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Looking at the Land: Landscape Photogs Explain the “Why” Behind Their Shots


Andy Adams of FlakPhoto has an interesting new digital exhibition titled Looking at the Land — 21st Century American Views that features 88 landscape photographs captured around the United States since 2000. What’s neat is that each of the images is accompanied by an explanation of “why” it exists. Adams asked each of the photographers the same questions, with the main one being, “Why did you photograph this place?”

Otter Point by Jonathan Smith. Acadia National Park, Maine. 2009

This photograph was taken at first light near Otter Cliff in Acadia National Park, Bar Harbor, Maine. It is an area of extreme ruggedness, strewn with rocks formed thousands of years ago and shaped by glaciers moving across the land. The sea has pounded them, eroding and cracking them against each other over a span of time that we can barely comprehend. As the golden tones of the sunrise glistened over the space, I stood alone with my camera set on tripod, taking in the fleeting beauty of that moment with all the urgency a photographer can feel. Along with the immediacy of the scene, though, I simultaneously found myself struck by its immense scale and the countless centuries that had to pass in order to forge it. It was awe-inspiring.

Porcupine Wash by Daniel Kukla. Joshua Tree National Park, California. 2012

I created this particular image in a dry river bed (wash) and angled the mirror towards the stars. This area is at a high altitude around 3,500 feet and has very little light pollution, so the night sky was particularly vivid. While I was making the photograph I remember thinking how strange it seemed to see the cosmos restricted by the edges of the mirror. It’s impossible to hold a frame to something as great and vast as our universe.

Stroboscopic Moon by Caleb Charland. Hopkins Pond, Mariaville, Maine. 2011

This place is one of personal significance to me. It’s on Hopkins Pond in Maine, the site of my family’s summer cabin. It’s a place to get away from it all, to be next to nature and to reflect upon life and one’s place in the world. I was hoping to use my studio flash to attract clouds of bugs to its light. Then, if all went as planned, I would fire the flash dozens of times to fill the frame with tiny glowing particles. I had envisioned the bugs hovering in air like diamonds, similar to previous work created in blizzards over the past few winters. The more I make work the more comfortable I am with failure. In this case I was quite let down when I saw no trace of bugs whatsoever, let alone filling the sky and air before the camera. (I’d still like to make that image someday.) I put the image away for a few weeks, when I returned to it still a little sore from the initial failure I saw that something else had occurred that night. I had photographed the moon several times at decreasing intervals of time on the same sheet of film in an attempt to create an interesting event in the sky. I love how simultaneously epic and naive this appears — as if I would be able to create a stroboscopic study of the moon with a man-made piece of lighting equipment.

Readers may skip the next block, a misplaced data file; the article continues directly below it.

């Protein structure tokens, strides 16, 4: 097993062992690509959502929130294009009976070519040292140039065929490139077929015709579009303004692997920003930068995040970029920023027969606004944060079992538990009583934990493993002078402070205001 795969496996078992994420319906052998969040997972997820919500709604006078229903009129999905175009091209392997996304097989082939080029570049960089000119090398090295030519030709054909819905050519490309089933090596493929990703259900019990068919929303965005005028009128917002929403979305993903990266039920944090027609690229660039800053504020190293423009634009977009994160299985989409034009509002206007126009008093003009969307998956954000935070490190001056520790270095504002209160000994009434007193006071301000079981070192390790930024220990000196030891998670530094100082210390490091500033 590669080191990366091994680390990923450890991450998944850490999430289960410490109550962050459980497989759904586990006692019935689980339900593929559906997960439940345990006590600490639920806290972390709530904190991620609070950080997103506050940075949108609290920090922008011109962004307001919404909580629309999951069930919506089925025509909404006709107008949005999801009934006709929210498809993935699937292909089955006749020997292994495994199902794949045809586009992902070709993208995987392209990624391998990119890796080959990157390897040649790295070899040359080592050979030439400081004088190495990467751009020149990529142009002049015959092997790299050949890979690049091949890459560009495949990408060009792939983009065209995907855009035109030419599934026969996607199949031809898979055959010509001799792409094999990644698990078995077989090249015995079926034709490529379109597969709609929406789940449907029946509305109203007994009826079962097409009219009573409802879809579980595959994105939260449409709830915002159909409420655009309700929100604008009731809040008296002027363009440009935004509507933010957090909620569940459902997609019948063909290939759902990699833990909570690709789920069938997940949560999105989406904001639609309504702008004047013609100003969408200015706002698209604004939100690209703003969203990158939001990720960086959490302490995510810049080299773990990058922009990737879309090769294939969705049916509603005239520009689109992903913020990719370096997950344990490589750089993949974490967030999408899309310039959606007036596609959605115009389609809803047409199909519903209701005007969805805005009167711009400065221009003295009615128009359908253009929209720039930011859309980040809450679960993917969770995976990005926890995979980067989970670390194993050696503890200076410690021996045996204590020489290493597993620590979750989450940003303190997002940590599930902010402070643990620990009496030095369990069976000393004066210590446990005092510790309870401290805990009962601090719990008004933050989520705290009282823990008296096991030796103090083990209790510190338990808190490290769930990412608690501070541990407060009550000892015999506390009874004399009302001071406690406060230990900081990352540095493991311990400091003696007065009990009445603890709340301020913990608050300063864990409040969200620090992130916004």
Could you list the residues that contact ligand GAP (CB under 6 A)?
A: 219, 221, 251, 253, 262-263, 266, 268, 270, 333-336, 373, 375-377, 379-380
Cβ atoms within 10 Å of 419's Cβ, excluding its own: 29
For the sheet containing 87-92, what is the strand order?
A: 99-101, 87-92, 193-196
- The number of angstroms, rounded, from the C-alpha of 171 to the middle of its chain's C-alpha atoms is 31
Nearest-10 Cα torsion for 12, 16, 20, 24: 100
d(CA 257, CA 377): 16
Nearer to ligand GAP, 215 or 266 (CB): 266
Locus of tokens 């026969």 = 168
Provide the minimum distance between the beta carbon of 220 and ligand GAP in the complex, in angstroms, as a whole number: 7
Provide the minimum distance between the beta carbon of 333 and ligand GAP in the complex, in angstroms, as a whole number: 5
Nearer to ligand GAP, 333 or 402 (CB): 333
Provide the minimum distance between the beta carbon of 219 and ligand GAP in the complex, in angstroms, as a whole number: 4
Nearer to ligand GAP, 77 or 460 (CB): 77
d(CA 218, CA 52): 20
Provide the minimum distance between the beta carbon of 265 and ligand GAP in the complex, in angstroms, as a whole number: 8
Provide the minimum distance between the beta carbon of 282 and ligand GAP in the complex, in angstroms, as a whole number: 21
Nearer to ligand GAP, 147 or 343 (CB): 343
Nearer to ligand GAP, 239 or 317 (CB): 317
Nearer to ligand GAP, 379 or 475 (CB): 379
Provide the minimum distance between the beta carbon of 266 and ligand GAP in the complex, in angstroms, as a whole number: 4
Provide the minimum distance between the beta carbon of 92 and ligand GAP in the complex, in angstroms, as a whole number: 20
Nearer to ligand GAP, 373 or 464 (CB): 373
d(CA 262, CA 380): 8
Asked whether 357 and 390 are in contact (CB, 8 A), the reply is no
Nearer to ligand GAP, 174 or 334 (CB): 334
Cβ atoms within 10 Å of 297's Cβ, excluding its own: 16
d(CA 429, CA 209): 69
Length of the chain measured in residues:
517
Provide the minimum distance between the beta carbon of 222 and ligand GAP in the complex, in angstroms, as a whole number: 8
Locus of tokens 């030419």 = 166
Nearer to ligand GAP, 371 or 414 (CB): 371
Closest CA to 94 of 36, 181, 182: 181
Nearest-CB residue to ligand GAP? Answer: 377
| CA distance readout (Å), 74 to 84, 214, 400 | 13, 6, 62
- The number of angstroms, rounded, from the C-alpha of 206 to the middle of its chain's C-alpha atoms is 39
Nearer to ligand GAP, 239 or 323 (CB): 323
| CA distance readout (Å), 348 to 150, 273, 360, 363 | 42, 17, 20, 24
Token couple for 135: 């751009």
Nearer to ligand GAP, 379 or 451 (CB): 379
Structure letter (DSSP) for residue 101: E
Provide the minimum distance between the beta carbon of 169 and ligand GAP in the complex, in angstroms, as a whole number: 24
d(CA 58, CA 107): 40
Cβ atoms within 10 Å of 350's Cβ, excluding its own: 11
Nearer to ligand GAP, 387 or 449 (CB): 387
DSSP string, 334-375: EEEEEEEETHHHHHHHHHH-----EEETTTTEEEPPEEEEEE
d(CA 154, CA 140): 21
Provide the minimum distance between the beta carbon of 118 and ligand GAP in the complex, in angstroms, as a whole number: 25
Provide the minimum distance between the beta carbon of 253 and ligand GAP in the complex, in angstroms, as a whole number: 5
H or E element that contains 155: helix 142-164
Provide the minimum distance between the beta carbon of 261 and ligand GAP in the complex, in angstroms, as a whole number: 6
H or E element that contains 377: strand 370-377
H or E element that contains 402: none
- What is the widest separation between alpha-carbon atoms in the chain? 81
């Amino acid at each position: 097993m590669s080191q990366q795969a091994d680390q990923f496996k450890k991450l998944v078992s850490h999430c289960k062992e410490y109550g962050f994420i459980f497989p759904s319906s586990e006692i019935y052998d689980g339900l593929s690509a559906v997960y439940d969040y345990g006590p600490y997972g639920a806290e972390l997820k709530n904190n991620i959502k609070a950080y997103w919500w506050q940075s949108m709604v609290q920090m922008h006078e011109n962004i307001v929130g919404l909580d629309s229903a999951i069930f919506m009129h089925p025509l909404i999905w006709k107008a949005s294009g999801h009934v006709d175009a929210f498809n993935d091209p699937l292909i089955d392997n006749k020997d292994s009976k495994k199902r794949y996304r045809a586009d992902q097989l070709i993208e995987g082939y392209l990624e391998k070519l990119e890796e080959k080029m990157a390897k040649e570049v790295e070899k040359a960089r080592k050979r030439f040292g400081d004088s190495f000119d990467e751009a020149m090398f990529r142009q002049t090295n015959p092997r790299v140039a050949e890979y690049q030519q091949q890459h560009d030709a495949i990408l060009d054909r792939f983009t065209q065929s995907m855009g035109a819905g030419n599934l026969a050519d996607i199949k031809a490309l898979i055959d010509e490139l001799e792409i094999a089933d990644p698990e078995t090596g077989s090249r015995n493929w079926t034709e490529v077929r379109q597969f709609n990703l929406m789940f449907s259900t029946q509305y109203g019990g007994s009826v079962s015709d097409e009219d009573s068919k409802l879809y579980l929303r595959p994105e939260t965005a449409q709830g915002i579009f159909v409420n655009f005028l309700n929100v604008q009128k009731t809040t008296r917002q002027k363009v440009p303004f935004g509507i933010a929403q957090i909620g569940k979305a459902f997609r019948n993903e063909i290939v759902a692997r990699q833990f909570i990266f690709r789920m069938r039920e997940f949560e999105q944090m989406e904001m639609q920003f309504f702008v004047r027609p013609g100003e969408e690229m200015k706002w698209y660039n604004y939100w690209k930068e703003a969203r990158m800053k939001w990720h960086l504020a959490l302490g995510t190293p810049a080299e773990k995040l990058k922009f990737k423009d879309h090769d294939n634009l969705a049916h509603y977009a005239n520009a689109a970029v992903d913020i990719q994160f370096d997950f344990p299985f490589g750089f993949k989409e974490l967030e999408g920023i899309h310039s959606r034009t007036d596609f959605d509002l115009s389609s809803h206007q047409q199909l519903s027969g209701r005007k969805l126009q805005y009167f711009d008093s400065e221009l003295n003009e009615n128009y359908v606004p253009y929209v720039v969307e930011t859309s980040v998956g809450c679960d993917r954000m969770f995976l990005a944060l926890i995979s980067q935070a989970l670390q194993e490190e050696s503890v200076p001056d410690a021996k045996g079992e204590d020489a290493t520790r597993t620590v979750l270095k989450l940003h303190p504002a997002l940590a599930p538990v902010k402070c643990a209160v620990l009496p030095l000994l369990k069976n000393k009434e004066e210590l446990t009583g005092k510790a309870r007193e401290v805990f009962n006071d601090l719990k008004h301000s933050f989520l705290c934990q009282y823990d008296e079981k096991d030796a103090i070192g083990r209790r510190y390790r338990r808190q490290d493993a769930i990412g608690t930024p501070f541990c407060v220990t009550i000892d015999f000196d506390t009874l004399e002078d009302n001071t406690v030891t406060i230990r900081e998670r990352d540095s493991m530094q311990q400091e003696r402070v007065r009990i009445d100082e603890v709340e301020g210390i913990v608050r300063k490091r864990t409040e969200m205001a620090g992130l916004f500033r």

Astoria Pool by Angie Smith. New York. 2005

I made this picture because I was in New York, looking to make an image of a place where people congregated around a body of water. It was Labor Day, so I knew there would be a lot of people at this pool in Queens. I wanted a swimming pool because the bright blue color would contrast well with the gray color palette of the city. I wanted to take this picture because it was a situation where there were many people gathered in one place relaxed, happy, and connecting with one another. I think that being in nature, or environments that mimic elements of nature, have a relaxing and joyful affect on many people. It’s necessary for humans to spend time in natural environments because it is an opportunity for our minds to function without the incessant influx of communication from cell phones, advertising, computers and modern amenities. I think that it changes our mental, physical and spiritual state of mind and I always try to visually depict this through my landscape work.